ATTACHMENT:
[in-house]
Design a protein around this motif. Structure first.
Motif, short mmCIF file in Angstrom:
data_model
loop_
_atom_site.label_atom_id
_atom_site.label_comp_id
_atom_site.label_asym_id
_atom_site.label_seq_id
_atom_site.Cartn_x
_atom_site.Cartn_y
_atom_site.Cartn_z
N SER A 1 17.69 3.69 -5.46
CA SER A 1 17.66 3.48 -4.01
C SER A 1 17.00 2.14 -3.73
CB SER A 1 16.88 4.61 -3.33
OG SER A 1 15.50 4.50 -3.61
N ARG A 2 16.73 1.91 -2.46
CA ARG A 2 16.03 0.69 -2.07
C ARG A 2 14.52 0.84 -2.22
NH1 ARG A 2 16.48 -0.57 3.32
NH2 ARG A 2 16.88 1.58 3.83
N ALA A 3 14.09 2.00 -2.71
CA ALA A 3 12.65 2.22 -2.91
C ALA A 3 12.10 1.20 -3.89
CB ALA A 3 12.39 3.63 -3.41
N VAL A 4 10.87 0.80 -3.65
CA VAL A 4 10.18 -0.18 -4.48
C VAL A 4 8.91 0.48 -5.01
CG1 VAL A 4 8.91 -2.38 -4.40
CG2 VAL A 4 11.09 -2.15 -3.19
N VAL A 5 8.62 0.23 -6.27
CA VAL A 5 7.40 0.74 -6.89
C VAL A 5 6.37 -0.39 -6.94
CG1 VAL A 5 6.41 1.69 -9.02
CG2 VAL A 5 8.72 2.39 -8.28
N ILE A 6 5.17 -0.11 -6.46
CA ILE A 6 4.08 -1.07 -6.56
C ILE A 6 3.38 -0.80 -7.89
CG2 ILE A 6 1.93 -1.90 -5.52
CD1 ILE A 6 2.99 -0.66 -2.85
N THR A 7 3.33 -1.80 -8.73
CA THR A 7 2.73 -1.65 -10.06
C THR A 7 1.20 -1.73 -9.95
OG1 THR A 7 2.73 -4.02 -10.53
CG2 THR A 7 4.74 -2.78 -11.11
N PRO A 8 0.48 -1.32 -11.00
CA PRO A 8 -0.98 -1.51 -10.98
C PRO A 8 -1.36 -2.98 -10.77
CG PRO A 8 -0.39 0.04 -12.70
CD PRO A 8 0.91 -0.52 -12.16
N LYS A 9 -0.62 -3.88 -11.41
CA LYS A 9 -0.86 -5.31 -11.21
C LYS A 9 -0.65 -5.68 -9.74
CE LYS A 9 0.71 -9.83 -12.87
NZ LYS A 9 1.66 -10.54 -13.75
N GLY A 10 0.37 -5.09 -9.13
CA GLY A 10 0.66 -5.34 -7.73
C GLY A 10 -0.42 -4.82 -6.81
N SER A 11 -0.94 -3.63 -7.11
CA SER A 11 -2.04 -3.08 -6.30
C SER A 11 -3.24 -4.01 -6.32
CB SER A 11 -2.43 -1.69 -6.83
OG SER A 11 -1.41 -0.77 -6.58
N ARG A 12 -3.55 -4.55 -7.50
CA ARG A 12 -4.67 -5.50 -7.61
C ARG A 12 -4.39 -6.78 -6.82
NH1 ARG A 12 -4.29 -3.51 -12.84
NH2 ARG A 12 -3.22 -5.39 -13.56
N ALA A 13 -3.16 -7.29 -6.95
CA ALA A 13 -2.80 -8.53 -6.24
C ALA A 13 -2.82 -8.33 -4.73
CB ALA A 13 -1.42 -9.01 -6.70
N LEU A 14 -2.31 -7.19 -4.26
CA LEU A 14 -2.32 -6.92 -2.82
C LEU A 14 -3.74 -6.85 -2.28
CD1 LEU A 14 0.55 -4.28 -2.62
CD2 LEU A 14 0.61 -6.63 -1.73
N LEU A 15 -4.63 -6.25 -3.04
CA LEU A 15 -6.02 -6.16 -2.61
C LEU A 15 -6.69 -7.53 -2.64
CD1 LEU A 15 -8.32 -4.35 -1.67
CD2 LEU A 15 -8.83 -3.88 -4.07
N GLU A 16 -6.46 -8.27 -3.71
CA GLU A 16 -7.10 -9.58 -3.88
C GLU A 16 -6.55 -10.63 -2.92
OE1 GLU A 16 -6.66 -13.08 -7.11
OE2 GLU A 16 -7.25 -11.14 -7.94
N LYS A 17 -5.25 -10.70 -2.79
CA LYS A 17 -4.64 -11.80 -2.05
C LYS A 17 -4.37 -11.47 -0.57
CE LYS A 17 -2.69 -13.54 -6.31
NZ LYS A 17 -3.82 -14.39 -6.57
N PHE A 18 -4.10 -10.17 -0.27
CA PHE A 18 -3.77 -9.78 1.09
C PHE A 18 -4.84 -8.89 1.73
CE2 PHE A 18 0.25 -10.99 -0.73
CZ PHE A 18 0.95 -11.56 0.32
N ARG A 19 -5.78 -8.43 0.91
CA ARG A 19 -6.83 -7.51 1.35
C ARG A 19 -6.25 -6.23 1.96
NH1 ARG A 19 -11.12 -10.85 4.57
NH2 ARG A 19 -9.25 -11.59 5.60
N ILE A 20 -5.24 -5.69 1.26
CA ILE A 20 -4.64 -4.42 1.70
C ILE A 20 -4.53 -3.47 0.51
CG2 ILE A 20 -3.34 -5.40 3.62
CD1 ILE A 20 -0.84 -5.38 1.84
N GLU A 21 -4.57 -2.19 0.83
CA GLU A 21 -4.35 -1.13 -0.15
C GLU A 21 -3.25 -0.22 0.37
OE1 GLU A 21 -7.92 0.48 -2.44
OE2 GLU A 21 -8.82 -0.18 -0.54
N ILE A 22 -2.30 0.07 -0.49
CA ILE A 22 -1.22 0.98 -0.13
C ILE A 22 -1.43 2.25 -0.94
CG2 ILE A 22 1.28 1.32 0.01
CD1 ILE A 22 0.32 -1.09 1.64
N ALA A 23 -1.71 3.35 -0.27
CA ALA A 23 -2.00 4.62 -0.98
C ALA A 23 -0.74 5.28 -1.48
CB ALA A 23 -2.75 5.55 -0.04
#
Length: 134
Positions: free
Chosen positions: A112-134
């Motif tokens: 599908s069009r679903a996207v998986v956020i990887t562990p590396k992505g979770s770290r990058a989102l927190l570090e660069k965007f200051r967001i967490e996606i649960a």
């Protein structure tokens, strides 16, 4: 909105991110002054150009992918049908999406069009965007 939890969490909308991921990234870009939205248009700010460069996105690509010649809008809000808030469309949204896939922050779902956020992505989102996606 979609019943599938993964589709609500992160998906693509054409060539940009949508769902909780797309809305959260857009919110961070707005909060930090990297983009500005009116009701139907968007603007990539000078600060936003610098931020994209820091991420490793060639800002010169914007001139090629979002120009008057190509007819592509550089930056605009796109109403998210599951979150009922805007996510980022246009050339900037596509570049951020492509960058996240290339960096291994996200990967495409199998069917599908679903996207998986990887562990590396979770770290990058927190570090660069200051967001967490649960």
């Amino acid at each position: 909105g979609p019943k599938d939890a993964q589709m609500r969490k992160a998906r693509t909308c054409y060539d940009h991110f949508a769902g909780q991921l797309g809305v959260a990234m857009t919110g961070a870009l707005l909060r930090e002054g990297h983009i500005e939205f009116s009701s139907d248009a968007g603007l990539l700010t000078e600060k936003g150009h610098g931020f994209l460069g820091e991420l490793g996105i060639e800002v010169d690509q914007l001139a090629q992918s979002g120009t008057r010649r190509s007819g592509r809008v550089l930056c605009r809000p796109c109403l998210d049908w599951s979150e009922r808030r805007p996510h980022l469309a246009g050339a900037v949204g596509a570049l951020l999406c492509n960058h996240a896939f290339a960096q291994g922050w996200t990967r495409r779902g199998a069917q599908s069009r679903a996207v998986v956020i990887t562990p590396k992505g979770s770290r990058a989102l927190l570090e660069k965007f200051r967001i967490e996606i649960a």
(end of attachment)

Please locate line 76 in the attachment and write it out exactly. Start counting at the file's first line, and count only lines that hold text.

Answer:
C LEU A 14 -3.74 -6.85 -2.28